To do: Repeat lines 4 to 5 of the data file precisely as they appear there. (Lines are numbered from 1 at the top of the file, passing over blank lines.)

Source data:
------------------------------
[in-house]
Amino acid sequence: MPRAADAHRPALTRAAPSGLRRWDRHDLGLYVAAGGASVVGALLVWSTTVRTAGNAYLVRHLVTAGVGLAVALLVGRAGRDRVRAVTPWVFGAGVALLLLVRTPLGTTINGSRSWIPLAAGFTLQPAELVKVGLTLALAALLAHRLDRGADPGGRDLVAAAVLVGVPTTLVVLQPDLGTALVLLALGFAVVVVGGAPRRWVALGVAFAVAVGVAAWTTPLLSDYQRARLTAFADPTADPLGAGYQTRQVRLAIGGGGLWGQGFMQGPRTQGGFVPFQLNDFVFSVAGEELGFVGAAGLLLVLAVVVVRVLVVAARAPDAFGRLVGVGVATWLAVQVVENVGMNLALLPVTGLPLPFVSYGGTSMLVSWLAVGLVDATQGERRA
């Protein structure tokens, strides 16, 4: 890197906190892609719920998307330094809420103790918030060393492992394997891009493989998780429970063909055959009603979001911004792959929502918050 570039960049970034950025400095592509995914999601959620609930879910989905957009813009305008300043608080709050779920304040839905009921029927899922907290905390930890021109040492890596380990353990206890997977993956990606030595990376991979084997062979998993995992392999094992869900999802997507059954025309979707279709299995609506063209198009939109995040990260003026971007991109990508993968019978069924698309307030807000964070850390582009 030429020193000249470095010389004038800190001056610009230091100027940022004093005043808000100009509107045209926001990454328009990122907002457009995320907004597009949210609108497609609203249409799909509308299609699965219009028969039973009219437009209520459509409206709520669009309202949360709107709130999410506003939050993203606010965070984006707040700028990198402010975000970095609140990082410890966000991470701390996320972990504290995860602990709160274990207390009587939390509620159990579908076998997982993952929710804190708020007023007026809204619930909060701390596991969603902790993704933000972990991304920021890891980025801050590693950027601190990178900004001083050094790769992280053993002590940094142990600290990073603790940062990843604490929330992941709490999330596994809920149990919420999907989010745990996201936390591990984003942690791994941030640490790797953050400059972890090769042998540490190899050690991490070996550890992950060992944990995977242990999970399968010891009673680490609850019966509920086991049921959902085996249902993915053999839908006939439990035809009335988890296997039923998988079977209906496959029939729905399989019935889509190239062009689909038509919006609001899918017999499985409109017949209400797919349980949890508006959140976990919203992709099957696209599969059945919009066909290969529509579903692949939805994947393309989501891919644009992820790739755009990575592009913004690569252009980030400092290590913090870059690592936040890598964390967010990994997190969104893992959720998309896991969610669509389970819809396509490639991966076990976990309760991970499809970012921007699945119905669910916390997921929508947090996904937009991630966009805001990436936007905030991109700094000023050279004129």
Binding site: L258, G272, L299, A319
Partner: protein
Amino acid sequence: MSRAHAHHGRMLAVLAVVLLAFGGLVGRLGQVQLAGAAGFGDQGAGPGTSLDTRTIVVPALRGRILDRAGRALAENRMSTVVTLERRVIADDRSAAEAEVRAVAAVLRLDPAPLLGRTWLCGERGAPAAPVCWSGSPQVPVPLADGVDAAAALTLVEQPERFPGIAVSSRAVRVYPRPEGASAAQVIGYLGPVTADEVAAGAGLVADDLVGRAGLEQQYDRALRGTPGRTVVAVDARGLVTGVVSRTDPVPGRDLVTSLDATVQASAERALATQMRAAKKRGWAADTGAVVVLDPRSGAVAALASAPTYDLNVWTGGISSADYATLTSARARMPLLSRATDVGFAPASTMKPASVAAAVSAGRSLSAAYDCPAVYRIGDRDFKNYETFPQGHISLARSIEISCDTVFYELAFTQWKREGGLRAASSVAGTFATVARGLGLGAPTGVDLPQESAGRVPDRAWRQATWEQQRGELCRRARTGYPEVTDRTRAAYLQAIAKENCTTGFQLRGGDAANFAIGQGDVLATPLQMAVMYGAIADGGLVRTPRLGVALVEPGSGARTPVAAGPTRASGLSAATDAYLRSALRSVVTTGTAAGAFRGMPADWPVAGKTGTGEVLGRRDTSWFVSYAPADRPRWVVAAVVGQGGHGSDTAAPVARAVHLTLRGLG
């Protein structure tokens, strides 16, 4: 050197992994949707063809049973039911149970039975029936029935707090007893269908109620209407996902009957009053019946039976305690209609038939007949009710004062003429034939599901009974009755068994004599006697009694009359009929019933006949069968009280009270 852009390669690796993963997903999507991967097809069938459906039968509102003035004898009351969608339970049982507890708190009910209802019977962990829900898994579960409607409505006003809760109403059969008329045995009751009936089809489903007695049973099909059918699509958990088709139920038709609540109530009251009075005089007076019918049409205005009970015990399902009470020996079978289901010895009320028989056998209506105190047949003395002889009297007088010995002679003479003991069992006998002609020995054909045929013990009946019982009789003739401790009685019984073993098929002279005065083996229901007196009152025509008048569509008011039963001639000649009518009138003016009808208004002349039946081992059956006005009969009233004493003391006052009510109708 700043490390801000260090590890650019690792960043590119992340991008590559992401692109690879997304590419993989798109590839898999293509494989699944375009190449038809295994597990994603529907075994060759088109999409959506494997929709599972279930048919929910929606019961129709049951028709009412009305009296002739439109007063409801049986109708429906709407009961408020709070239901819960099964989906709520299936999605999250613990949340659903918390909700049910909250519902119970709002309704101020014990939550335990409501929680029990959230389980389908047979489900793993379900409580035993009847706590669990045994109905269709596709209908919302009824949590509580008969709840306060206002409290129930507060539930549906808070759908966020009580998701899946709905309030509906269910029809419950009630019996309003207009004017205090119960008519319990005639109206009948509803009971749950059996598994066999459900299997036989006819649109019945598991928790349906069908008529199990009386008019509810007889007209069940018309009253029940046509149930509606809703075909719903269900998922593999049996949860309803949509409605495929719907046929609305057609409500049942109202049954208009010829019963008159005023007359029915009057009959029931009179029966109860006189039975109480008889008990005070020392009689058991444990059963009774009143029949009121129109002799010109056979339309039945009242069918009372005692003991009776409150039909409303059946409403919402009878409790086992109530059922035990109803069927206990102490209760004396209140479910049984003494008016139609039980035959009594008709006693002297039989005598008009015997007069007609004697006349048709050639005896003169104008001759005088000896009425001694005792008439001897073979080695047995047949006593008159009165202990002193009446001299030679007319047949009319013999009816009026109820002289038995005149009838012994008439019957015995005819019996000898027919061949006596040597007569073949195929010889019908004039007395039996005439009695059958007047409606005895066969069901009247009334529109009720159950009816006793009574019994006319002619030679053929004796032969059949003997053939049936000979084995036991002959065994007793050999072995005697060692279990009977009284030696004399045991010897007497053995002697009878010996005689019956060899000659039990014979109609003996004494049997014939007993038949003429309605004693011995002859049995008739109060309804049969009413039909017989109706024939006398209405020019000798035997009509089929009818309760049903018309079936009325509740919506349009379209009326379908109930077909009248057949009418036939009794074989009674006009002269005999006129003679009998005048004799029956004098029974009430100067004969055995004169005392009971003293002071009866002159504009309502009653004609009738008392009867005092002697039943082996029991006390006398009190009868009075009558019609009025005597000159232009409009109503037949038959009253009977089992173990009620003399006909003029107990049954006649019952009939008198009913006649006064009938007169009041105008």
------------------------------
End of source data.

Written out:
Binding site: L258, G272, L299, A319
Partner: protein